In a couple of weeks I hope to join a group of pals for an annual surf-fishing trip to Assateague Island.
Beginning now and continuing through mid to late November is sort of a heaven on the beach for Atlantic surfcasters. If you want to really touch nature's elements, nothing quite tops a deserted fall beach with a long, powerful fishing rod battling a big bluefish or striped bass (rockfish) in a cold, heavy surf.
I'm just now getting back into surf fishing. In the early '70s I did quite a bit during the summer in the Cape May, N.J., area. That was the era of jumbo weakfish and lots of them. Then, my brother borrowed my surf gear for a family vacation in Cape Hatteras. That was the last I saw of my surf outfit, and I moved on to other activities.
Living on the shores of the Chesapeake -- within easy driving range of such hot spots as Cape Henlopen, Dewey Beach, Bethany Beach and the Indian River Inlet in Delaware, Ocean City and Assateague, plus Cape May -- practically demands that you give this sport a try.
Right now, for instance, North Ocean City beach is really turning on, as is Assateague Island. Last week, for example, an Assateague surfer pulled in a 28-pound red drum, while all up and down the Ocean City beaches, anglers were nailing snapper blues, flounder hitting 5 pounds. and, from the jetties, lots of tautog. Kingfish also were being hooked and even some nice 28-inch rockfish.
To get started, you need a rod capable of casting a plug or bait rig beyond the breaker line, anywhere from 50 to 150 yards. Most surf rods measure between 10 and 14 feet, but 11 or 11 1/2 feet is about right for most situations and anglers.
Surf rods come in three basic actions. A medium action rod is designed to toss 1 to 3 ounces of weight and a 12- to 20-pound test mono line. A medium-heavy outfit, which probably is the most popular, handles 2 to 5 ounces of casting weight and a 15- to 25-pound test line. A heavy action is right for 3 to 6 ounces of weight and 20- to 50-pound test mono.
Traditionalists lean toward one-piece rods (either fiberglass or graphite), but I favor the two-piece models. I've used both and can't tell the difference. The breakdown rods are easier to carry to the beach in your car or truck and won't take up the entire garage. I prefer my two-piece rod to be a graphite or composite and fitted with cork grips for extra sensitivity.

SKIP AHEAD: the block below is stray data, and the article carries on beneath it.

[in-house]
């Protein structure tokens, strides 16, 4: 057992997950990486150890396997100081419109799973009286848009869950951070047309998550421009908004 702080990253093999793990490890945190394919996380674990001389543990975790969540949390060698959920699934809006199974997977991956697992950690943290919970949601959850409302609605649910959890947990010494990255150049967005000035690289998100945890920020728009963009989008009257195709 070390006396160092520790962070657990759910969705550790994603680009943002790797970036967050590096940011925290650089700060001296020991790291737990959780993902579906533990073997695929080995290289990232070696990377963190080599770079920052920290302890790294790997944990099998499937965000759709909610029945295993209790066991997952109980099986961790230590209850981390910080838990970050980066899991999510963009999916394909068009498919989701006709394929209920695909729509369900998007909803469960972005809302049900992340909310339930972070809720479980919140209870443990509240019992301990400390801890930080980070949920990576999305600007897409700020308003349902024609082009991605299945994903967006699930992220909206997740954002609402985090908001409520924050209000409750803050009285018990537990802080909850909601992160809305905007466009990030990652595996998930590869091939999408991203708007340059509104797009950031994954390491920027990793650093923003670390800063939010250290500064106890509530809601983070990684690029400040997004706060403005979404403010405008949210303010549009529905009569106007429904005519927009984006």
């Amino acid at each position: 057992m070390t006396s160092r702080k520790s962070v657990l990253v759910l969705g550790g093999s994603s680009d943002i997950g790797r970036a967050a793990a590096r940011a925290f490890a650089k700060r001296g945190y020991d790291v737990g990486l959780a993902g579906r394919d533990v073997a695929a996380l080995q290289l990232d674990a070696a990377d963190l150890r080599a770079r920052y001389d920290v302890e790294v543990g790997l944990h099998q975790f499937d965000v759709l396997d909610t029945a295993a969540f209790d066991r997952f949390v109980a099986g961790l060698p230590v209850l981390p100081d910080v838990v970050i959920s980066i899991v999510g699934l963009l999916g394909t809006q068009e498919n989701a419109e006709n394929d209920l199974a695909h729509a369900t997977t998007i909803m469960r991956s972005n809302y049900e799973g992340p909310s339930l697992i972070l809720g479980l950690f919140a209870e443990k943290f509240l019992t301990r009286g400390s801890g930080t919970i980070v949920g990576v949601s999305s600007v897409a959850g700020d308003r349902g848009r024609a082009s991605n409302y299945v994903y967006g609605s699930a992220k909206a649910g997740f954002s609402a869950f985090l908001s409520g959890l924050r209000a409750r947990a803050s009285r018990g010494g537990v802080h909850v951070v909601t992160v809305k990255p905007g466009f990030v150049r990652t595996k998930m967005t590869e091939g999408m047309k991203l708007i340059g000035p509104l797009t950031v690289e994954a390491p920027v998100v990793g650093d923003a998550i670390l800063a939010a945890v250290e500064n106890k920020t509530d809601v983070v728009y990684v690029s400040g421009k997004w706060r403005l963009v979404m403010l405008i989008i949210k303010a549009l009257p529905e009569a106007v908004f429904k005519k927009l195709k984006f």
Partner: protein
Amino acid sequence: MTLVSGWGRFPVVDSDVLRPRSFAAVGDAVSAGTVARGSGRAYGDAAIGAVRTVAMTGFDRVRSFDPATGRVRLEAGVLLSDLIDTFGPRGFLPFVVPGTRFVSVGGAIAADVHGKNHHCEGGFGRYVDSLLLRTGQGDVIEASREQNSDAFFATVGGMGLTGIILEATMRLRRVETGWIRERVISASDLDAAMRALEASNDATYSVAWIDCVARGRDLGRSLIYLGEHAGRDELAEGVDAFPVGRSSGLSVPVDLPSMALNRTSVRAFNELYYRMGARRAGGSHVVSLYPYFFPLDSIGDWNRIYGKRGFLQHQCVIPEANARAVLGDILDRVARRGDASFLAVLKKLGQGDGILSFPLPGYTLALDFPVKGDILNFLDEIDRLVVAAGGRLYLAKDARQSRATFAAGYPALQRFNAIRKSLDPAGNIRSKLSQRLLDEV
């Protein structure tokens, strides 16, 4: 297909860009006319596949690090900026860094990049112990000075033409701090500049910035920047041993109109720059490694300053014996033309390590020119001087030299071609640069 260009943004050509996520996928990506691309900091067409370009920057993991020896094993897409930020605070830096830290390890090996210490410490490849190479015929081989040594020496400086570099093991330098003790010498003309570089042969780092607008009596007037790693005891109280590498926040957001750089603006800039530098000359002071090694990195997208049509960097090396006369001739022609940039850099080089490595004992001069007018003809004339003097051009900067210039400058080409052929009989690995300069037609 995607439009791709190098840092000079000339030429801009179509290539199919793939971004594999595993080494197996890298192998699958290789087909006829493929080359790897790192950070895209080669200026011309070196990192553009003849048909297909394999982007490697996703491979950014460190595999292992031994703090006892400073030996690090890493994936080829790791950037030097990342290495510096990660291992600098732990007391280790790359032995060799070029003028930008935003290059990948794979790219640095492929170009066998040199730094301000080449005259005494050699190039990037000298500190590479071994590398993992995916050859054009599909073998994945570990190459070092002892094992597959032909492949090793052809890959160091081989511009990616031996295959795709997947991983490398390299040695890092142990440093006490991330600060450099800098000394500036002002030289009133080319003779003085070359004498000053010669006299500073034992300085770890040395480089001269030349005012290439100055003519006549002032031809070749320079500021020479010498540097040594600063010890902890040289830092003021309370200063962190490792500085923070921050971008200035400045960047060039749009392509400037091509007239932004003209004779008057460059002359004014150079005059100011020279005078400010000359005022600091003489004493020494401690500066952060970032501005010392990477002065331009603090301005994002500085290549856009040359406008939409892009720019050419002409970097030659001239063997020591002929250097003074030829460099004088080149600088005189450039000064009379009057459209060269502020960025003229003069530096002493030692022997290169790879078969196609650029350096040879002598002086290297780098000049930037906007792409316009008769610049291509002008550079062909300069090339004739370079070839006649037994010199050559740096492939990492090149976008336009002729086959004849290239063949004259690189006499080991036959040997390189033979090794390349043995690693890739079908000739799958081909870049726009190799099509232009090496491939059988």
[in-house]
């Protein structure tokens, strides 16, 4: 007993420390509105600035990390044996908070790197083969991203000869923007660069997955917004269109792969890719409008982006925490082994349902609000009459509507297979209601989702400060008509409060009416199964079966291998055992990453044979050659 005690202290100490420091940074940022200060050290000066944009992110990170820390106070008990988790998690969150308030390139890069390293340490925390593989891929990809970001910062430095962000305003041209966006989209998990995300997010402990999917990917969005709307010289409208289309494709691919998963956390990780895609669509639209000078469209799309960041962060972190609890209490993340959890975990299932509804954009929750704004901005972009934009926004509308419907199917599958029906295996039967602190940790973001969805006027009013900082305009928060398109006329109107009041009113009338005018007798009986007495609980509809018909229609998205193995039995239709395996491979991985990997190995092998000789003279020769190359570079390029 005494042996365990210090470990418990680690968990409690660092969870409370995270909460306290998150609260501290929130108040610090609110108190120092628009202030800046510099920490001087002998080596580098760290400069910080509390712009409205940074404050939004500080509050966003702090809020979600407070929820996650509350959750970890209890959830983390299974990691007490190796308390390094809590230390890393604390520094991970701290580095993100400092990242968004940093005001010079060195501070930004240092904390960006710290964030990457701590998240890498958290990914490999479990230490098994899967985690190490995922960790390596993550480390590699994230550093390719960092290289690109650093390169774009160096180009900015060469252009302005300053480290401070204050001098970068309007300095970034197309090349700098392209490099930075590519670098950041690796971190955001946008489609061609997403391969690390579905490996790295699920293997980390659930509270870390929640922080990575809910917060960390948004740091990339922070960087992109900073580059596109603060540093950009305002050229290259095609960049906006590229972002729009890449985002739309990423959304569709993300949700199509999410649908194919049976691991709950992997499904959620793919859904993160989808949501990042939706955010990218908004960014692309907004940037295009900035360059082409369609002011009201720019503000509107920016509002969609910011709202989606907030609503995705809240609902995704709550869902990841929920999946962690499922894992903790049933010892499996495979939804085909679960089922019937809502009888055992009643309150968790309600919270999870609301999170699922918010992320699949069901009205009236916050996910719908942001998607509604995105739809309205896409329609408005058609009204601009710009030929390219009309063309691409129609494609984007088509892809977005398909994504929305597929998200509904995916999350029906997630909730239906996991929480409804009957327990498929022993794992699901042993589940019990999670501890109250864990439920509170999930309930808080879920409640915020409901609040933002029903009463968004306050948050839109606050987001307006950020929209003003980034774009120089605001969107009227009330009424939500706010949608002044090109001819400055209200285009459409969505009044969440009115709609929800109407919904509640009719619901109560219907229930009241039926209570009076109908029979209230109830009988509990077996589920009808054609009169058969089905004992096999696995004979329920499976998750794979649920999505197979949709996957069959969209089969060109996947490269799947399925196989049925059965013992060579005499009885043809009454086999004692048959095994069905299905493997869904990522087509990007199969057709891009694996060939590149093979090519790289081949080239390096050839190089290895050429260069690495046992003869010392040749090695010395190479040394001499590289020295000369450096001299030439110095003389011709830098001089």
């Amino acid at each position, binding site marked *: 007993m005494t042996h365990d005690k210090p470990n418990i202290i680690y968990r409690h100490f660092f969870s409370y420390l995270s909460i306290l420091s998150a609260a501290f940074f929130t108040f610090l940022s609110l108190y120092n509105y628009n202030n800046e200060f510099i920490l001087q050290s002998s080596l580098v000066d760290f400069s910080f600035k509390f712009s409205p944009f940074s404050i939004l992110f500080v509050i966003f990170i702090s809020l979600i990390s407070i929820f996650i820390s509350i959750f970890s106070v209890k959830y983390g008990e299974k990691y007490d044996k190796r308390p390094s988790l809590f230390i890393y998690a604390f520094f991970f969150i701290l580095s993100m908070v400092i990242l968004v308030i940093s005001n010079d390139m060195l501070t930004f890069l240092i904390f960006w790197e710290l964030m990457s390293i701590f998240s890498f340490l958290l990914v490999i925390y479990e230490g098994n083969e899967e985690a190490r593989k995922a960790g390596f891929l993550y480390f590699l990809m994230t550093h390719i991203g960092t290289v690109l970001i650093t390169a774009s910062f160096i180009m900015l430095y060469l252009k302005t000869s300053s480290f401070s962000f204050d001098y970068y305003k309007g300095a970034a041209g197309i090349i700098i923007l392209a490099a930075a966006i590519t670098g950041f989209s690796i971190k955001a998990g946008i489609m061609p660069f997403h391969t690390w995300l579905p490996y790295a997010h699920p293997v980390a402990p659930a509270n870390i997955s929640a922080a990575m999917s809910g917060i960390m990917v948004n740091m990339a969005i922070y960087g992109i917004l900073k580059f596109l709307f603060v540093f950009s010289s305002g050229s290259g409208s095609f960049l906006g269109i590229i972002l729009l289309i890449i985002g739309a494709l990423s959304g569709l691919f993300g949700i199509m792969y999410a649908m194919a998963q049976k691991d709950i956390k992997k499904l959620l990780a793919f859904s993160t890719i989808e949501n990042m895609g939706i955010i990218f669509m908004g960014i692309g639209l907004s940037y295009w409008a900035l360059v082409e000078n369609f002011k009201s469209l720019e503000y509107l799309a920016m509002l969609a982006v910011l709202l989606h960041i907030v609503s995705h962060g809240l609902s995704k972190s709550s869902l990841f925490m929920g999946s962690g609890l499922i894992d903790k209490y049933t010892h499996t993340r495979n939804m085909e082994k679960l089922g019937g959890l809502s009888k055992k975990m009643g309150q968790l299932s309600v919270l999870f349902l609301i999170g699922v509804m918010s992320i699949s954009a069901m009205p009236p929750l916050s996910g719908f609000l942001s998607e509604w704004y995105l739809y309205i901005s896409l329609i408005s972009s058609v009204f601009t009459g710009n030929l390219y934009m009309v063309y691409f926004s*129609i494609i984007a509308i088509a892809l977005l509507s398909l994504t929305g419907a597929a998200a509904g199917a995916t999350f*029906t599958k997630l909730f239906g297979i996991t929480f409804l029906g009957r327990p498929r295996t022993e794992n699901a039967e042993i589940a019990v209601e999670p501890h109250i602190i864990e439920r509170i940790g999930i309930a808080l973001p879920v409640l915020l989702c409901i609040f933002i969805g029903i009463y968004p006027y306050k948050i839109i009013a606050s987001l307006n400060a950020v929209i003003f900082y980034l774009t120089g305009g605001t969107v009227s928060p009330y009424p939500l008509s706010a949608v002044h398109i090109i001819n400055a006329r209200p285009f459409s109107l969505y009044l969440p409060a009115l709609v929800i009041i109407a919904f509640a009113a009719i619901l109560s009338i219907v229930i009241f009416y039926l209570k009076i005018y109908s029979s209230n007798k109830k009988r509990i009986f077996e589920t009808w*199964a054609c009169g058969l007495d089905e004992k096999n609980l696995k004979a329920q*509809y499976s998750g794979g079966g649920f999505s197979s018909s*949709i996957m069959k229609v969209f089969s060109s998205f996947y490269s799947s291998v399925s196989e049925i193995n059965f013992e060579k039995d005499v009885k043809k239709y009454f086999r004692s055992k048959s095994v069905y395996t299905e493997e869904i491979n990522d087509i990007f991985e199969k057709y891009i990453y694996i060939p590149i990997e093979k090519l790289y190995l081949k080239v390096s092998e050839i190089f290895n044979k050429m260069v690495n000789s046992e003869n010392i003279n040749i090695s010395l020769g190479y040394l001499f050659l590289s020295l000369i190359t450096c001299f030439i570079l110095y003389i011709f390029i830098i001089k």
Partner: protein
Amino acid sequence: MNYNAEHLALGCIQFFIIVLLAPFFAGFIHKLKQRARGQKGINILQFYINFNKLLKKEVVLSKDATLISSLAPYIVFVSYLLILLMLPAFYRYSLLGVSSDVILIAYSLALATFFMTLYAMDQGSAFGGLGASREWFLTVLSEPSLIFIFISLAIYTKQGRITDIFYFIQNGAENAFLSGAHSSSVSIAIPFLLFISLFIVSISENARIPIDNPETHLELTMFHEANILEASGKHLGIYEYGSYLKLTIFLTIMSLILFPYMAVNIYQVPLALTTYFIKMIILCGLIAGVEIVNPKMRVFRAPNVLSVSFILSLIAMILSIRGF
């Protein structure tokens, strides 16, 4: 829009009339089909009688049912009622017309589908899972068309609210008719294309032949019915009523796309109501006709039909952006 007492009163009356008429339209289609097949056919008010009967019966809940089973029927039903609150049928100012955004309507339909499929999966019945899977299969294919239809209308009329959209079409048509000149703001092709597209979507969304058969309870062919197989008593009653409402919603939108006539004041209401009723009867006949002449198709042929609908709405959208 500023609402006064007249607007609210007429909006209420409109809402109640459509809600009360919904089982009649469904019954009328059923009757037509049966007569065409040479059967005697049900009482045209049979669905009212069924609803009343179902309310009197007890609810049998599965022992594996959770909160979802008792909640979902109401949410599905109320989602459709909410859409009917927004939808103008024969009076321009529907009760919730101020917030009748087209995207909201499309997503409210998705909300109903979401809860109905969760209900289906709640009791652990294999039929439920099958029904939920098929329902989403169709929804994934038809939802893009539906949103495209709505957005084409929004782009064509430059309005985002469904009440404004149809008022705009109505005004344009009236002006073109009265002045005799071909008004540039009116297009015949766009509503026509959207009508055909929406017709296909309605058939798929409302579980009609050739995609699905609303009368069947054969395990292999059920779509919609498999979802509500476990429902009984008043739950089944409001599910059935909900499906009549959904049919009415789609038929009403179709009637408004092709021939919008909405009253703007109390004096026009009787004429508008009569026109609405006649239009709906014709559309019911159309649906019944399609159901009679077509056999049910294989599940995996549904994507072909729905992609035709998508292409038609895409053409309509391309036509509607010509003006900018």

I like for the face of my surf reels (I favor spinning reels) to be about the same diameter as the first, or gathering guide on my reel, so line slap when casting is kept at a minimum. Pick a quality reel that will hold 300 to 350 yards of 17- to 20-pound test mono and be sure the drag system is well sealed.
I use 17-pound mono most of the time and believe that 15 to 20 will handle just about any situation you may encounter. I do recommend the use of a 12- to 15-foot shock leader made from 40-pound test mono.
In addition to a rod and reel, you'll need a couple of other items.
A 3-foot sandspike will hold your rod after the cast and latch onto a long gaff for landing fish from the jetties. Insulated chest waders are a must for fall surfing. Carry a selection of 1/0 to 5/0 hooks, pyramid sinkers and quality ball-bearing swivels. You will want quality snap swivels that can handle 60- to 100-pound test line. Carry an assortment of plugs, spoons and poppers when not baitfishing.
Hunter safety classes
First-time Maryland hunters are required to pass a certified hunter safety course before being eligible to purchase a hunting license. Two Carroll County classes are scheduled for this month. Hap Baker's course is set to begin Oct. 12 at the Dug Hill Rod and Gun Club, near Manchester. Call (410) 374-4360 for details. Call Mr. Rothgeb at (301) 829-2475 to sign up for class at the Mount Airy IWLA, which begins Oct. 15.
Piney Run tournament set
Register now for next Saturday's Fall Fishing Tournament at Piney Run Park. The cost to enter is $10 per person plus the regular park entrance fee. Contestants will be fishing for $900 in cash prizes.
Fishing will be limited to 6 a.m. to noon, and registration is on a first-come, first-served basis. The park is at 30 Martz Road, Sykesville.